Berkshire Hathaway and Warren Buffett in particular, were criticized in 2020 for not being active enough and buying the stock market dip. Many investors did buy and caught good prices on the way down.
The big question on everyone’s lips was – why did Buffett do nothing when his company, Berkshire Hathaway, sits on a pile of cash? What does Buffett know, and we do not? Moreover, if Buffett chose to sit on the sidelines, wouldn’t it be smart for us to do the same?
As it turned out, Buffett did act. But a company at the size of Berkshire needs time to make an acquisition. Or that is precisely what Buffett did not have back in March.
Berkshire Entering the Cloud Computing Industry
Since the stock market’s volatility was so high, the drop and the bounce in March and April happened so fast that investors like Buffet had no chance to deploy their capital. But it does not mean that Buffett did not move.
It recently announced that it acquired a half a billion stake in a gold miner – Barrick Gold. Second, it revealed that it owns five percent stakes in the largest trading houses in Japan, with the intention to raise its participation close to 10% in each.
Last but not least, it announced these days that it is acquiring a quarter of a billion dollars stake in Snowflake – a cloud computing company. This is an industry that grows at astonishing CAGR rates, and Berkshire wants to be part of it.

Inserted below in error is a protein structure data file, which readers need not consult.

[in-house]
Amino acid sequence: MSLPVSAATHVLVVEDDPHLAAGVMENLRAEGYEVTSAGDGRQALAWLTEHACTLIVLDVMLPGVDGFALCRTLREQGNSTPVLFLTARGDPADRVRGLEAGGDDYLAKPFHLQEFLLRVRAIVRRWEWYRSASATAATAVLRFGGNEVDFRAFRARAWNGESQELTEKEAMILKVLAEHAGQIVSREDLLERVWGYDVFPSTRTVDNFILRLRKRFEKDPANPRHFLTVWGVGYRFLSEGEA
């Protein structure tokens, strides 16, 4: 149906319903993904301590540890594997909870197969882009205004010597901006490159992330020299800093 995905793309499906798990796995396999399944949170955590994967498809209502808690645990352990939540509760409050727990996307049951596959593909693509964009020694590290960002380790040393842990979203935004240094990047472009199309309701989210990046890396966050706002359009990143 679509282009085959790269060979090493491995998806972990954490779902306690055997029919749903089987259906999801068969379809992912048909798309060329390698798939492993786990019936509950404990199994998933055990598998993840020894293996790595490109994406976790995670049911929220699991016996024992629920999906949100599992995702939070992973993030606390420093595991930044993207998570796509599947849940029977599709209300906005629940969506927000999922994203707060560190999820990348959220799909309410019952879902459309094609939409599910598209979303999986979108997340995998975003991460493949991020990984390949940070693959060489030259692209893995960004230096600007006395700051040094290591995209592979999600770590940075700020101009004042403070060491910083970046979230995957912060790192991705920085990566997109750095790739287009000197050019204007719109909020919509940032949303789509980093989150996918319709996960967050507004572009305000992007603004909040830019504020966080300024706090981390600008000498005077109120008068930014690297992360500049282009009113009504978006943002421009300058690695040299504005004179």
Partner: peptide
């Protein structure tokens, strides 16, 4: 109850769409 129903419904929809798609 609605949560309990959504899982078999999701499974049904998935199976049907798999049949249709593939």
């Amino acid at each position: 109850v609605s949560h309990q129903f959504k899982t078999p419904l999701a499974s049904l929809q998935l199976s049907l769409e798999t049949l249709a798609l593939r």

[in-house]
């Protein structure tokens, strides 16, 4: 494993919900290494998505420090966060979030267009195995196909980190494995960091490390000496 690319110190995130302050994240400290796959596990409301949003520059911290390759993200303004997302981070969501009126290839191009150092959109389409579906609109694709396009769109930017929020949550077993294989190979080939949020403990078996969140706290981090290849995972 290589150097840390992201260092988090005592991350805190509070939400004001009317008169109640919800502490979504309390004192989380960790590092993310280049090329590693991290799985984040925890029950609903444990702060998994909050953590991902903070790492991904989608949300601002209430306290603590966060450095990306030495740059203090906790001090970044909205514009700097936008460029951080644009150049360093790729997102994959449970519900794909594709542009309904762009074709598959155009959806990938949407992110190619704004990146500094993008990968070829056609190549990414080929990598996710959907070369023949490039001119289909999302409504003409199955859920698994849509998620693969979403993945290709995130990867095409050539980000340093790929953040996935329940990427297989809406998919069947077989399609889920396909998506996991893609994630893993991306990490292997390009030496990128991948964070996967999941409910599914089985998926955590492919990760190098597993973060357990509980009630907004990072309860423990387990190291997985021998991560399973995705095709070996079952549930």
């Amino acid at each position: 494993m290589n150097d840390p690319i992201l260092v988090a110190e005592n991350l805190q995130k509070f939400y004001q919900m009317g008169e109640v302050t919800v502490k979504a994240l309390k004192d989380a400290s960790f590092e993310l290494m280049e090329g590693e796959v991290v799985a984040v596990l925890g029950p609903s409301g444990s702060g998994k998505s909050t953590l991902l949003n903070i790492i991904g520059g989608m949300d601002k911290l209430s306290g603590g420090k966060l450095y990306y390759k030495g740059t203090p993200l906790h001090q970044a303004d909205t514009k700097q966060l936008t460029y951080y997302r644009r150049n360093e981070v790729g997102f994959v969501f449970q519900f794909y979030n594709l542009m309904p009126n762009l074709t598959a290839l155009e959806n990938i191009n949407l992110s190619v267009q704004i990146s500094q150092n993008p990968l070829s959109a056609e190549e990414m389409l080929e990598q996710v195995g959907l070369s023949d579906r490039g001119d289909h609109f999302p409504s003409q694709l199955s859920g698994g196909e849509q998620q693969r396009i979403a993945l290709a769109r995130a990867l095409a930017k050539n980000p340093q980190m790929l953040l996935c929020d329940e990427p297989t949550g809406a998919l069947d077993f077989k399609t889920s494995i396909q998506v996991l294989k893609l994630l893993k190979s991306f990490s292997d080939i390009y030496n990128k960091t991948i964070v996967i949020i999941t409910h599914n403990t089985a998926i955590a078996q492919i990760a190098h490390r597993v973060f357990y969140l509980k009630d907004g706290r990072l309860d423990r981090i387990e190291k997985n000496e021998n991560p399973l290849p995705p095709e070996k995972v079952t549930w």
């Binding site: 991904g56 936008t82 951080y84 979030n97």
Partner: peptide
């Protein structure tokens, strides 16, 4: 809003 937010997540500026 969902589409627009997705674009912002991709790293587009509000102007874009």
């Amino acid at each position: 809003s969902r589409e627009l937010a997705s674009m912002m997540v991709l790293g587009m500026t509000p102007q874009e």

What is interesting is the way it bought its stake – via a private placement, paying the IPO price. Moreover, another interesting fact is that Snowflake is actually losing money currently, operating at a net loss of $171 million.
However, it is not the first time when Buffett bets on a company that has a hard time making a profit at the time of the investment. If anything, it is a sign of trust in the business and shows the industry’s potential moving forward.
This marks the third move in 2020 that Berkshire makes – gold, international assets, cloud computing. But neither of these investments are big enough and are far from what the company used to do in the past.
Is this just Berkshire’s way of diversifying its portfolio? Or are we still to see some other investments this year?